South Sudan: ‘Hellish Existence’ for Women and Girls

Widespread sexual violence against women and girls in conflict is being fueled by systemic impunity, the United Nations Commission on Human Rights in South Sudan said on Monday.


© UNICEF/Mackenzie Knowles-Coursin | A quarter of reported cases of conflict-related sexual violence in South Sudan are against children.


The Commission’s new report, based on interviews conducted with victims and witnesses over several years, describes a “hellish existence for women and girls”, with widespread rape being perpetrated by all armed groups across the country.


According to the UN Commission, sexual violence has been instrumentalized as a reward and entitlement for youth and men participating in conflict.


The goal is to inflict maximum disruption of the fabric of communities, including through their constant displacement, the report continues.


Rape is often used as “part of military tactics for which government and military leaders are responsible, either due to their failure to prevent these acts, or for their failure to punish those involved”, the Commission advanced.


Bodies reduced to ‘spoils of war’

“It is outrageous and completely unacceptable that women’s bodies are systematically used on this scale as the spoils of war,” declared Yasmin Sooka, Chair of the UN Commission.


Calling for urgent and demonstrable action by authorities, Ms. Sooka said: “South Sudanese men must stop regarding the female body as 'territory' to be owned, controlled and exploited.”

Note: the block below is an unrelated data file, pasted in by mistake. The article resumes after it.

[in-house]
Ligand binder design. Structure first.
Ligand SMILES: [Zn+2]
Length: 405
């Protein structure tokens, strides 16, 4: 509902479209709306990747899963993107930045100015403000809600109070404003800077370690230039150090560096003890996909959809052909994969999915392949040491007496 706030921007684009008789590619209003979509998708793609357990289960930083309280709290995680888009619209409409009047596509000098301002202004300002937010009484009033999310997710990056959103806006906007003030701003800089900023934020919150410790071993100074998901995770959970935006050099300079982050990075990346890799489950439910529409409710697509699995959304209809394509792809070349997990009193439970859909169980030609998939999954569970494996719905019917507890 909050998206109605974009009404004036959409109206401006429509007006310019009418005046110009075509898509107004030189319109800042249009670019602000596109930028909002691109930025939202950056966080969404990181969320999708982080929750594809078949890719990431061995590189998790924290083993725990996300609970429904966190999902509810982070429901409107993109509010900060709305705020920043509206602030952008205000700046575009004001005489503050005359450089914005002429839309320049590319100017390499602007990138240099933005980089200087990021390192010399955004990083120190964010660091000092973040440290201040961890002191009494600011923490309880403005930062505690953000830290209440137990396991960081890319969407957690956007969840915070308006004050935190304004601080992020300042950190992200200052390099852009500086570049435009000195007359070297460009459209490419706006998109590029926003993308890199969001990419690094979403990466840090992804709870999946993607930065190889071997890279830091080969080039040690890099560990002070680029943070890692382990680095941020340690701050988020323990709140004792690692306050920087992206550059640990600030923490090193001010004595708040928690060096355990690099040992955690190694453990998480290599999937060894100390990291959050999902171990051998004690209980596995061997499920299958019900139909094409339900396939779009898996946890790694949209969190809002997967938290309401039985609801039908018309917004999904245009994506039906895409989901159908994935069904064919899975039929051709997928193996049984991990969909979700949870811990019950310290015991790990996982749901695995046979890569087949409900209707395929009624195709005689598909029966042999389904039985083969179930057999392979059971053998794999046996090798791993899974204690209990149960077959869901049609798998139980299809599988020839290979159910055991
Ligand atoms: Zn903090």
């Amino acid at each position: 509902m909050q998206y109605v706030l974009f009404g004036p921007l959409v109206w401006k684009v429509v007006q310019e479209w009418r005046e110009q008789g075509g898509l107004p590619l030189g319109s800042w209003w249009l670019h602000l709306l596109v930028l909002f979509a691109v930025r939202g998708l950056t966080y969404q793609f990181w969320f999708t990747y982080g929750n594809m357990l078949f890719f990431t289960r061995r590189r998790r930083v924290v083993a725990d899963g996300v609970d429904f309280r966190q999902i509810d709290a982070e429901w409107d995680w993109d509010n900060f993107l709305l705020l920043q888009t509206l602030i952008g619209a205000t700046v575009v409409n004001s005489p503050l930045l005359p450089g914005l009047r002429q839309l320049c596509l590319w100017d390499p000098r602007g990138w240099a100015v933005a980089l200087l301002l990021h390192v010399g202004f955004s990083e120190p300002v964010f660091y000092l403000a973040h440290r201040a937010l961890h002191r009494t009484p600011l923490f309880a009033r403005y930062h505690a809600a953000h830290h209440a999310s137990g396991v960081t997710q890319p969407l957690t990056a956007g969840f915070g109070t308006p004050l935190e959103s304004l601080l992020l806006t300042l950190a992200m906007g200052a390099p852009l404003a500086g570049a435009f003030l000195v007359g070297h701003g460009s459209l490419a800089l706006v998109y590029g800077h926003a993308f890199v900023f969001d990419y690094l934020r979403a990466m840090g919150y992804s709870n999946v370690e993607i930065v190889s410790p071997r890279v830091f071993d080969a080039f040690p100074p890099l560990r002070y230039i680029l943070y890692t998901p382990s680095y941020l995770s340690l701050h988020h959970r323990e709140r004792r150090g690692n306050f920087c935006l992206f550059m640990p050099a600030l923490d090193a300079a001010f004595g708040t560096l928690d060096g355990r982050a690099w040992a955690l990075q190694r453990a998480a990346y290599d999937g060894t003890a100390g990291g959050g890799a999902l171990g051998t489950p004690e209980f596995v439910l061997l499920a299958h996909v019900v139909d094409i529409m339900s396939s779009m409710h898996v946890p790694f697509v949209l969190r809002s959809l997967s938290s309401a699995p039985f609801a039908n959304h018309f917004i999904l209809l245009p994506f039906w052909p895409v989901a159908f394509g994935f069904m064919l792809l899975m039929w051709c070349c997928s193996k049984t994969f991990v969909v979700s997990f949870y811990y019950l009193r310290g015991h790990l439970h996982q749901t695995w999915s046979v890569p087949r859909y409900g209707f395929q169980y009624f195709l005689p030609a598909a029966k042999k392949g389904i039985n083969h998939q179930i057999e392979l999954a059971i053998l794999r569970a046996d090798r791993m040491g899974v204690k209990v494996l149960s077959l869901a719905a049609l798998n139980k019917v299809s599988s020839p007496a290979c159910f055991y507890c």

Sexual violence survivors have detailed “staggeringly brutal and prolonged gang rapes” perpetrated against them by multiple men, often while their husbands, parents or children have been forced to watch, helpless to intervene.


Women of all ages recounted being raped multiple times while other women were also being raped around them, and a woman raped by six men said she was even forced to tell her assailants that the rape had been “good”, threatening to rape her again if she refused.


The resultant traumas “ensure the complete destruction of the social fabric”, the UN Commission said.


Horrific assaults

“Anyone reading the details of this horrific report can only begin to imagine what life is like for the survivors. These accounts are unfortunately just the tip of the iceberg. Everyone, inside and outside governments, should be thinking what they can do to prevent further acts of sexual violence and to provide adequate care for the survivors,” said Andrew Clapham, member of the Commission.


A woman described her friend being raped by a man in the forest who then said he wanted to continue to ‘have fun’ and further raped her with a firewood stick until she bled to death. Teenage girls described being left for dead by their rapists while bleeding heavily.


Medical personnel also report that many survivors have been raped multiple times throughout their lifetime.


Traumatized for life

The report also describes women often bearing children as a result of rape, and notes that in many cases, survivors have contracted sexually transmitted infections including being infected with HIV.


Following rape and pregnancy, women are often abandoned by husbands and families, and left destitute. Some of those raped while pregnant, have suffered miscarriages.


Husbands searching for abducted wives and daughters often spend years not knowing their fate, with some learning they were abducted by men from rival ethnic groups and forced to bear multiple children – one such man was so traumatized, he wanted to take his own life.


The Commission reported that these attacks were not random opportunistic incidents, but usually involved armed soldiers actively hunting down women and girls, with rape carried out during attacks on villages, systematic and widespread.


© UNICEF/Albert Gonzalez Farran | A South-Sudanese woman who was beaten by her husband seeks refuge in her brother’s house.


Accountability versus impunity